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How strictly do you follow the time-based part replacement schedule set forth in the owner's manual?

  • Very strictly

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  • Somewhat strictly

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  • I don't replace parts that aren't broken

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Discussion Starter #1
I bought a 2015 Vulcan S ABS earlier this month with only 3500 miles in great shape. It's my first bike and I'm very pleased so far. After putting a few hundred miles of my own on it I want to do an oil change and chain lube just so I can have the peace of mind of knowing it's been done using high quality parts and lubes. I was looking at the owners and service manuals though and it calls for replacing not only the oil and filter, but numerous O-rings and hoses throughout the cooling, fuel, and brake systems based on the age of the bike. I get the value of preventative maintenance, but on the other hand it seems a bit excessive to replace all of these components on a bike with under 4000 miles. How strictly do y'all follow those time-based part replacements on your own bikes?
 

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Inspect. If it looks fine, it's probably fine. I wouldn't just replace everything regardless of wear.

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Inspect. If it looks fine, it's probably fine. I wouldn't just replace everything regardless of wear.

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That's pretty much what I was thinking. The owners manual basically calls for you to rebuild the brake calipers and master cylinders every 4 years which seems insane on a bike with 4000 miles. According to Kawasaki, they're a year overdue. I think Kawasaki wants to sell rubber components.
 

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Brake lines I'd do. As a kid, I watched my uncle almost run his bike into his truck (old rubber brake hose split under pressure). Close call with no damage, but he had just come back from a trip riding at or above freeway speeds.
 

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I too noticed that Kawi wants us to change a large amount of parts. I think it is excessive and they are just covering their butts.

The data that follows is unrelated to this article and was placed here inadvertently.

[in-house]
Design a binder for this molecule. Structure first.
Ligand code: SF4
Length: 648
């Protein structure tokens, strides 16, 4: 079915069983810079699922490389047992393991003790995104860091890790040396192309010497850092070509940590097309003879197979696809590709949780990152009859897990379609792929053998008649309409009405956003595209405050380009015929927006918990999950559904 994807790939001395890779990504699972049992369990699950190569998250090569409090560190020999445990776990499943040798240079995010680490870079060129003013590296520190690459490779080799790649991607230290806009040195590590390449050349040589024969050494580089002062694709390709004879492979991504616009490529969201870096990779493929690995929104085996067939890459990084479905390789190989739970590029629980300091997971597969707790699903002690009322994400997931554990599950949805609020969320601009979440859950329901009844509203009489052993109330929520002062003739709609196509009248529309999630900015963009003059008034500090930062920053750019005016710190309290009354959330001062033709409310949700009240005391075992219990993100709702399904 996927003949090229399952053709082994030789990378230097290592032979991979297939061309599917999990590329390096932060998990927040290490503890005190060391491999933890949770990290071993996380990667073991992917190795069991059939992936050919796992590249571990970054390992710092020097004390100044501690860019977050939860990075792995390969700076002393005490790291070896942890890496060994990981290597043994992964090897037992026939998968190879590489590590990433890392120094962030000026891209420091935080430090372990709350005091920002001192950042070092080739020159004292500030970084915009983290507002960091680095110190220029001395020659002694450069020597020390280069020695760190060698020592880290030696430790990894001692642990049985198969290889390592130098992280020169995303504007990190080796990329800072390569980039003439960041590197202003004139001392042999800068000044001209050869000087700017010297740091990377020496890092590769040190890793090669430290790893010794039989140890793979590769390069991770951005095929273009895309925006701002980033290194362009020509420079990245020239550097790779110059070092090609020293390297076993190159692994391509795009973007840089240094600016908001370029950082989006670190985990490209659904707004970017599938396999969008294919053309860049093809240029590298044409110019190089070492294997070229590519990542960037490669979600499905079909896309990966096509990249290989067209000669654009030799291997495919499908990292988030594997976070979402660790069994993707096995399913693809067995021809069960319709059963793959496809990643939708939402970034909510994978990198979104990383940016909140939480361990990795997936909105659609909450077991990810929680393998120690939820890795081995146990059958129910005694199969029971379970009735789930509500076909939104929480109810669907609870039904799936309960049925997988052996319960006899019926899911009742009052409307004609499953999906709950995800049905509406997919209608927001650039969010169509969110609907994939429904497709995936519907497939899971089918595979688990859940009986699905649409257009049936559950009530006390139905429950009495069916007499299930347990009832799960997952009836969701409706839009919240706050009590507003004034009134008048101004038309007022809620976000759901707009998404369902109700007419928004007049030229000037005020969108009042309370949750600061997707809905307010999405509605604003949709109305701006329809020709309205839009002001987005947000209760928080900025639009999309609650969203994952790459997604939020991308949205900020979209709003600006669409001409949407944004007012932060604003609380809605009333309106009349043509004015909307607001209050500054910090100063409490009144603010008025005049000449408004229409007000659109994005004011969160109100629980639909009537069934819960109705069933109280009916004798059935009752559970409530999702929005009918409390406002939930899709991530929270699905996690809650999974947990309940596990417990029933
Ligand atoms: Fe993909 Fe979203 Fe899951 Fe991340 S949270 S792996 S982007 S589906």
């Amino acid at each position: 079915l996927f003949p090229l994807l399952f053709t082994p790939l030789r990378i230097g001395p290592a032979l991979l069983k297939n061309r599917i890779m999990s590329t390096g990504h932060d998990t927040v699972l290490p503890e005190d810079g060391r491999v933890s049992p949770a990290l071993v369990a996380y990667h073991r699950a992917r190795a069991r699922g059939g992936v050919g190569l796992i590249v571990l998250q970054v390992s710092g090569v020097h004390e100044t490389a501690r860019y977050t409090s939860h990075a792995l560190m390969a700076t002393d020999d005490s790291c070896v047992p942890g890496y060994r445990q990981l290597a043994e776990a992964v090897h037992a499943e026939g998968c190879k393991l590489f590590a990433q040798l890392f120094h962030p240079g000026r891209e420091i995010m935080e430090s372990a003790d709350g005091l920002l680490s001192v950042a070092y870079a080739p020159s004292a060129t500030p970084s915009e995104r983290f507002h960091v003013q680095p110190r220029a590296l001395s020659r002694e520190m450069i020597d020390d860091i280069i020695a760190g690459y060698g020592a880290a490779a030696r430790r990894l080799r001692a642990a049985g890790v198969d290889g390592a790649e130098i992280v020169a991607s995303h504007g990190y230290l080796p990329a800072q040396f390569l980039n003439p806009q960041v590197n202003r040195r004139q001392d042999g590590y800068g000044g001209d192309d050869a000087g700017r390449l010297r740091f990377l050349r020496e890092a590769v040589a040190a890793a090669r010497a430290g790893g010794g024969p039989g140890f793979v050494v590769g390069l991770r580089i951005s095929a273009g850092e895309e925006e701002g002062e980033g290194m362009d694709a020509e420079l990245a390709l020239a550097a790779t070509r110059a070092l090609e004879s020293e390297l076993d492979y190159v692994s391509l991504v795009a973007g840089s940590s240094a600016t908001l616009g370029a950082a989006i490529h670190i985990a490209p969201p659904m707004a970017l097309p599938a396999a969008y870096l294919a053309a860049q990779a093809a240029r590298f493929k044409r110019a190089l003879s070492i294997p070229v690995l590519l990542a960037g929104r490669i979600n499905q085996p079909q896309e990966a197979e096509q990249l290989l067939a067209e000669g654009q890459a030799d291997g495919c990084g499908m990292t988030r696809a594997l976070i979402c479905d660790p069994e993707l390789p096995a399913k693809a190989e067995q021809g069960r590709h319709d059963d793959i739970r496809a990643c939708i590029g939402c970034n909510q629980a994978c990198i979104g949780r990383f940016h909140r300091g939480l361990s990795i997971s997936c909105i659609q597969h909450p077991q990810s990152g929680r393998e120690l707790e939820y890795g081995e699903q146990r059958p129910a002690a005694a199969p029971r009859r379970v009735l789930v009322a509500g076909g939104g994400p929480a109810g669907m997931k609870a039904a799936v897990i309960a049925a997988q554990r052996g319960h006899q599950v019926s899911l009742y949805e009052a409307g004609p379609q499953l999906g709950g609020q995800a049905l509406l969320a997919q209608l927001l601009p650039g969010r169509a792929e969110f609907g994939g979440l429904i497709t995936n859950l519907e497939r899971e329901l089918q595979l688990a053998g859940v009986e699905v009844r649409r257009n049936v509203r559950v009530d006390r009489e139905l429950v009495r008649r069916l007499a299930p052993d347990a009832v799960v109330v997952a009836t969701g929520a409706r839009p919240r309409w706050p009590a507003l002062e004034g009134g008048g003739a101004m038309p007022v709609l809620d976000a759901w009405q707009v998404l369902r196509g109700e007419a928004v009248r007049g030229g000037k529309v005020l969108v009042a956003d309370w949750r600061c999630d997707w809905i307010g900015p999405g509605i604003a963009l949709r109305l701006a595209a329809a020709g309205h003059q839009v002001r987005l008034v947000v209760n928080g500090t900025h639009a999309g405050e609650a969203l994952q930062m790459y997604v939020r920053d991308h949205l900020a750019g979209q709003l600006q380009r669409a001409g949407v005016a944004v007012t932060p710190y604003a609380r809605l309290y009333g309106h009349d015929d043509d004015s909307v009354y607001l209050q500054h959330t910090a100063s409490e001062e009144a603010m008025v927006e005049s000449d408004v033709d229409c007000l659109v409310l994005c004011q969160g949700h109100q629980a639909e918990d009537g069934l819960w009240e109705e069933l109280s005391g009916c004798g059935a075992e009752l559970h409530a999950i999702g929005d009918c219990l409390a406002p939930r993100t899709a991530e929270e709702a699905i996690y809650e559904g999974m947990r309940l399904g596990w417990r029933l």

Everyone I have ever talked to that rides does ZERO of these things, and neither did their parents that taught them to ride, etc... Not saying it is a waste, just saying that there are guys out there riding around on vintage 70's and 80's bikes with original brake lines and FLUID! I think that's insane, the fluid part, but if the lines look OK, ride on.
I too have a 2015 that I bought in 2016. It had 400 miles on it. Now has 11,000. I just changed the oil/filter, lubed the chain and set chain tension.
I bought some OEM brake fluid. I will swap that in this weekend.
EVERYTHING looks showroom new on this thing. I garage it year round so UV degradation (what rubber hates) is kept to a min.
I looked into swapping all the brake lines and fuel lines like the manual says to do, it was well over a grand and you would have to take apart a good chunk of the bike. No one is doing this, and they shouldn't be either. Something being a pain in the butt or being expensive is no reason not to do something, the fact is those rubber parts are 100% fine 5 years later. They will most likely be fine 5 more years later.
Every spring I go over the bike with a fine tooth comb inspecting all the seals for dry rot or anything like that. Haven't seen the first hint of it and I just apply a bit of silicone on things to keep the rubber happy.
 
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